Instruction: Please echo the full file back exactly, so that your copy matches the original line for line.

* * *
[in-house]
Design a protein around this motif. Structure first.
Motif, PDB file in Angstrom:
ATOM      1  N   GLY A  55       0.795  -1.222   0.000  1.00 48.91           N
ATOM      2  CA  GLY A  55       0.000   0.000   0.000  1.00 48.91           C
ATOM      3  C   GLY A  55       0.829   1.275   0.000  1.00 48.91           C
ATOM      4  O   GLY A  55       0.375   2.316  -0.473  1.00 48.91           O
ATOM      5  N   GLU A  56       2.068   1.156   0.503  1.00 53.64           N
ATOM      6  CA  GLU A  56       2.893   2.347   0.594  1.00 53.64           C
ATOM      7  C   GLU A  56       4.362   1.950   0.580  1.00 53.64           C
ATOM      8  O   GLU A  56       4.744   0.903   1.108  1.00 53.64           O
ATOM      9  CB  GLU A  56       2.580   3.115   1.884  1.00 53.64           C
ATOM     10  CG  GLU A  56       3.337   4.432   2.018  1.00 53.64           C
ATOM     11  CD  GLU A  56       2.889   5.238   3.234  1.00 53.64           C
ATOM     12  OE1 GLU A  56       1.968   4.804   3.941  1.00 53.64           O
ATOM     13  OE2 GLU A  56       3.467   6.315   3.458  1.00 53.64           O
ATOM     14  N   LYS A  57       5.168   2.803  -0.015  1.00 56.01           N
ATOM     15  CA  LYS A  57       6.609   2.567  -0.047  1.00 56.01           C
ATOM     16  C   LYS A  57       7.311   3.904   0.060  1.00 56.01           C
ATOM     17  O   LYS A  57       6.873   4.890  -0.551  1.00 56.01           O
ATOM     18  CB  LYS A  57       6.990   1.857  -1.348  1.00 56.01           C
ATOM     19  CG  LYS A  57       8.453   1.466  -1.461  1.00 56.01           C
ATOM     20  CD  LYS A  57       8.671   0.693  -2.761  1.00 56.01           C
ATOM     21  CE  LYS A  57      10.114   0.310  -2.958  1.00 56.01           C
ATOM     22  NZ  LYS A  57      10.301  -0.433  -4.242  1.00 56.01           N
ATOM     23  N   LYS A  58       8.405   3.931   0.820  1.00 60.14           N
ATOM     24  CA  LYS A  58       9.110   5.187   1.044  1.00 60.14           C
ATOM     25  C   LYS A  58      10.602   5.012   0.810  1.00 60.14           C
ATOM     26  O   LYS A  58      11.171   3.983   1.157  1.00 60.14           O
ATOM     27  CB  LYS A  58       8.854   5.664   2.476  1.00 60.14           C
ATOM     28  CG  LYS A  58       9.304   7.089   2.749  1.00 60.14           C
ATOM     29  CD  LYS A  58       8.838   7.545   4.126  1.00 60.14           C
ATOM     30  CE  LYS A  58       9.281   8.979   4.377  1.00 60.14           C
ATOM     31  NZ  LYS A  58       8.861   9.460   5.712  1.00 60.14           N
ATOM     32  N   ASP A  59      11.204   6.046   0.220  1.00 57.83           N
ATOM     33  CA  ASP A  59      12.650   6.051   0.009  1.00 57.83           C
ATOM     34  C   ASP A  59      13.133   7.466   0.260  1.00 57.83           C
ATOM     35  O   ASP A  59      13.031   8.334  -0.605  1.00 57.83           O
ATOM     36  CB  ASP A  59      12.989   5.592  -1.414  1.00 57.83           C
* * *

[in-house]
Design a protein around this motif. Structure first.
Motif, PDB file in Angstrom:
ATOM      1  N   GLY A  55       0.795  -1.222   0.000  1.00 48.91           N
ATOM      2  CA  GLY A  55       0.000   0.000   0.000  1.00 48.91           C
ATOM      3  C   GLY A  55       0.829   1.275   0.000  1.00 48.91           C
ATOM      4  O   GLY A  55       0.375   2.316  -0.473  1.00 48.91           O
ATOM      5  N   GLU A  56       2.068   1.156   0.503  1.00 53.64           N
ATOM      6  CA  GLU A  56       2.893   2.347   0.594  1.00 53.64           C
ATOM      7  C   GLU A  56       4.362   1.950   0.580  1.00 53.64           C
ATOM      8  O   GLU A  56       4.744   0.903   1.108  1.00 53.64           O
ATOM      9  CB  GLU A  56       2.580   3.115   1.884  1.00 53.64           C
ATOM     10  CG  GLU A  56       3.337   4.432   2.018  1.00 53.64           C
ATOM     11  CD  GLU A  56       2.889   5.238   3.234  1.00 53.64           C
ATOM     12  OE1 GLU A  56       1.968   4.804   3.941  1.00 53.64           O
ATOM     13  OE2 GLU A  56       3.467   6.315   3.458  1.00 53.64           O
ATOM     14  N   LYS A  57       5.168   2.803  -0.015  1.00 56.01           N
ATOM     15  CA  LYS A  57       6.609   2.567  -0.047  1.00 56.01           C
ATOM     16  C   LYS A  57       7.311   3.904   0.060  1.00 56.01           C
ATOM     17  O   LYS A  57       6.873   4.890  -0.551  1.00 56.01           O
ATOM     18  CB  LYS A  57       6.990   1.857  -1.348  1.00 56.01           C
ATOM     19  CG  LYS A  57       8.453   1.466  -1.461  1.00 56.01           C
ATOM     20  CD  LYS A  57       8.671   0.693  -2.761  1.00 56.01           C
ATOM     21  CE  LYS A  57      10.114   0.310  -2.958  1.00 56.01           C
ATOM     22  NZ  LYS A  57      10.301  -0.433  -4.242  1.00 56.01           N
ATOM     23  N   LYS A  58       8.405   3.931   0.820  1.00 60.14           N
ATOM     24  CA  LYS A  58       9.110   5.187   1.044  1.00 60.14           C
ATOM     25  C   LYS A  58      10.602   5.012   0.810  1.00 60.14           C
ATOM     26  O   LYS A  58      11.171   3.983   1.157  1.00 60.14           O
ATOM     27  CB  LYS A  58       8.854   5.664   2.476  1.00 60.14           C
ATOM     28  CG  LYS A  58       9.304   7.089   2.749  1.00 60.14           C
ATOM     29  CD  LYS A  58       8.838   7.545   4.126  1.00 60.14           C
ATOM     30  CE  LYS A  58       9.281   8.979   4.377  1.00 60.14           C
ATOM     31  NZ  LYS A  58       8.861   9.460   5.712  1.00 60.14           N
ATOM     32  N   ASP A  59      11.204   6.046   0.220  1.00 57.83           N
ATOM     33  CA  ASP A  59      12.650   6.051   0.009  1.00 57.83           C
ATOM     34  C   ASP A  59      13.133   7.466   0.260  1.00 57.83           C
ATOM     35  O   ASP A  59      13.031   8.334  -0.605  1.00 57.83           O
ATOM     36  CB  ASP A  59      12.989   5.592  -1.414  1.00 57.83           C